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MoveOn Pushes Facebook for Privacy About-Face

MoveOn Pushes Facebook for Privacy About-Face

The social ads are an attempt by Facebook to monetize its massive and active user base by creating opportunities for word-of-mouth marketing, Sterling Market Intelligence analyst Greg Sterling told the E-Commerce Times. "This could be very powerful, particularly in the context of local businesses, which rely heavily on word of mouth to grow their customer bases," he said.

By Keith Regan
11/21/07 10:50 AM PT

MoveOn.org, the civic and political action group best known for espousing Democratic ideals, has launched a campaign aimed at pressuring Facebook to change its privacy policy in the wake of a newly launched advertising program.

Using a Facebook page and its own Web site, MoveOn is collecting signatures on a petition demanding that Facebook "respect users' privacy."

MoveOn's disdain is aimed mainly at Facebook's new advertising program, known as "Beacon," which automatically posts information to a user's Facebook profile about their online purchases and other activities.

Facebook gives users the choice of opting out of the Beacon program through its privacy policy, but MoveOn believes the nature of the ad program demands a tougher policy, one that requires that users opt in before having their information tracked and posted in the program.

"A lot of us love Facebook -- but they need to take privacy seriously," the Facebook page about the petition reads. "Facebook encourages companies to get 'word-of-mouth promotion for your business' to 'millions' by using the new Beacon feature. But the rights of Facebook users get left behind."

Piling On

In recent weeks, both Facebook and rival social networking site MySpace have launched new advertising programs meant to leverage the millions of users of the sites, many of whom spend extensive time on the networks and elsewhere on the Web.

Both launched hyper-targeting advertising platforms meant to allow advertisers to pinpoint targets for their marketing messages by using information in users' profiles, such as what types of movies they like and their careers and hobbies.

Facebook's Beacon program funnels information about a user's Web activities back to their profiles, where it can be viewed by their network of friends. For instance, if a user buys something on an e-commerce site, a note describing what and where was purchased is added to the user's profile. Or if a user posts a review of a restaurant or hotel on some sites, that information can also be pulled into the profile.

The idea is to help turn active Web users into trusted sources of referrals for others, a digital twist on the type of product, restaurant and destination recommendations friends often share in person.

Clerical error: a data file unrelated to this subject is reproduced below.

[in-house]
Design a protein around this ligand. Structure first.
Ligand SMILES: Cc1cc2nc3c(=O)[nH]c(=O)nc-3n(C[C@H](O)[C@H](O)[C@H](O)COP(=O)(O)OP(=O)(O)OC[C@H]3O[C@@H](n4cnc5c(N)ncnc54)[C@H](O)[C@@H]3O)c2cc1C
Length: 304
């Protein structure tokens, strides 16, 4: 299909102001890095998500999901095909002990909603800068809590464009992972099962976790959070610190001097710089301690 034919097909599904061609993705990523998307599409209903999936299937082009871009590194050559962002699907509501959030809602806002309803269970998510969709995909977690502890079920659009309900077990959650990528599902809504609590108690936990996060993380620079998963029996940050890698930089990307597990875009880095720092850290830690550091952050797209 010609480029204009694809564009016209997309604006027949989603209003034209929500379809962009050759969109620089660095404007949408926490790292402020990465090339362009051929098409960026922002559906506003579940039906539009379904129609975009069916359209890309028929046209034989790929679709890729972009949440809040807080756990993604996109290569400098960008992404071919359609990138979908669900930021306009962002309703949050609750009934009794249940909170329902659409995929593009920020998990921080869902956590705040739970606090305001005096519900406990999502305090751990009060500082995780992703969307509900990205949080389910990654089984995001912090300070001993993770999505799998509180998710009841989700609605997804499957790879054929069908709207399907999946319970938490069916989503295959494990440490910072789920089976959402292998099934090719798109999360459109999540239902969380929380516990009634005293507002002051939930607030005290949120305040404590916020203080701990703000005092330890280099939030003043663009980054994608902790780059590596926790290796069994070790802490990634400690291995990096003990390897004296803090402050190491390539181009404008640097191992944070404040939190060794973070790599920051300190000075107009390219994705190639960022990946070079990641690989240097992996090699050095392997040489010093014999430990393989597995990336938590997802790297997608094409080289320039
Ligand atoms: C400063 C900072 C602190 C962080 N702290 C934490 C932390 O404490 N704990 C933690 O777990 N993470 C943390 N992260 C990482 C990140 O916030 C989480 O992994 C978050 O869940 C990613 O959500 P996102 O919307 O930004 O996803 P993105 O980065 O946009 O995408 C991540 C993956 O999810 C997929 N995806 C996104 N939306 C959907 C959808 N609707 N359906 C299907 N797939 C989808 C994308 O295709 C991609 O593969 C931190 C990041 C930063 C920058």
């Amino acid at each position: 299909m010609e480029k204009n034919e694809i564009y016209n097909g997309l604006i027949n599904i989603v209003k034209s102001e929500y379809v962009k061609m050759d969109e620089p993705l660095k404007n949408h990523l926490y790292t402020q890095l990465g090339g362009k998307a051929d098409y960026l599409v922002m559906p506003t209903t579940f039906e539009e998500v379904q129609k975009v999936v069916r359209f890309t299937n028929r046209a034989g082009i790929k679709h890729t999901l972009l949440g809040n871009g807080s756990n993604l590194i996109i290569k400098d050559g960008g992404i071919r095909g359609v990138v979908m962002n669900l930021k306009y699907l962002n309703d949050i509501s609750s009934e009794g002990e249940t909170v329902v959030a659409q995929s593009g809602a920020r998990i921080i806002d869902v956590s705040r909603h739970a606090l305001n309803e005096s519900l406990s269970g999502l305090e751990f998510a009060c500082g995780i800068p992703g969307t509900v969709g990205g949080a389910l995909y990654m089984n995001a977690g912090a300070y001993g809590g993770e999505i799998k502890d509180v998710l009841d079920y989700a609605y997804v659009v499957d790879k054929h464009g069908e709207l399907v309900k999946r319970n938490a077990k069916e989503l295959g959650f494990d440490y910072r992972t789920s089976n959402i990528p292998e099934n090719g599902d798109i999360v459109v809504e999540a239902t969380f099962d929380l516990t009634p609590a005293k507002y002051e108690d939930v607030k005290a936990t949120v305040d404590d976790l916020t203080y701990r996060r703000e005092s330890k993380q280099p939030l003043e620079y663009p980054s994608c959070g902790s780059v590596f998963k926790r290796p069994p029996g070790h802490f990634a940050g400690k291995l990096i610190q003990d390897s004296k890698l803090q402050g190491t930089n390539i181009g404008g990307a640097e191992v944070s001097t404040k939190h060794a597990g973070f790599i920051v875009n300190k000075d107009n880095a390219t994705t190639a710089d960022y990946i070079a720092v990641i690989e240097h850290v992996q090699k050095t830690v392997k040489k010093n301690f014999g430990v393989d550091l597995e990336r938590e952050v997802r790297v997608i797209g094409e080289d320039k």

MoveOn says while users can opt out, the nature of the program makes that an unwieldy option, since users must opt on each participating site where they shop.

An 'Obvious Solution'

"The obvious solution is to switch to an 'opt in' policy, like most other applications on Facebook," the group wrote on its Facebook page.

Facebook notes that no information is shared with a user's friends through a profile until they first allow the information to be collected when making the purchase and then confirm that they are willing to have it shared the next time they visit Facebook.

MoveOn is not the only entity that has raised concerns about the new program. Earlier this month, The New York Times reported that the social ads may violate New York state law. In addition, the Federal Trade Commission (FTC) has been pressured by privacy groups and others to create a do-not-track list that would enable Web users to opt out of a range of marketing-focused tracking programs at once.

Tapping the Well

The social ads are an attempt by Facebook to monetize its massive and active user base by creating opportunities for word-of-mouth marketing, Sterling Market Intelligence analyst Greg Sterling told the E-Commerce Times.

"This could be very powerful, particularly in the context of local businesses, which rely heavily on word of mouth to grow their customer bases," Sterling said.

The approach is natural for the social networks but also raises inevitable privacy questions and concerns, said Forrester Research analyst Charlene Li.

"Users of these networks may be more willing than others to have their information shared," Li told the E-Commerce Times. "After all, the reason people join these networks in the first place is to be found by others who they share things in common with."

Still, the program needs to steer clear of being seen tricking users or not being clear about the parameters. "There may need to be some adjustments made to the notifications to make sure it's clear at the outset," Li said, adding that over time, as awareness of the social ads grows, surprise will be less of an issue.


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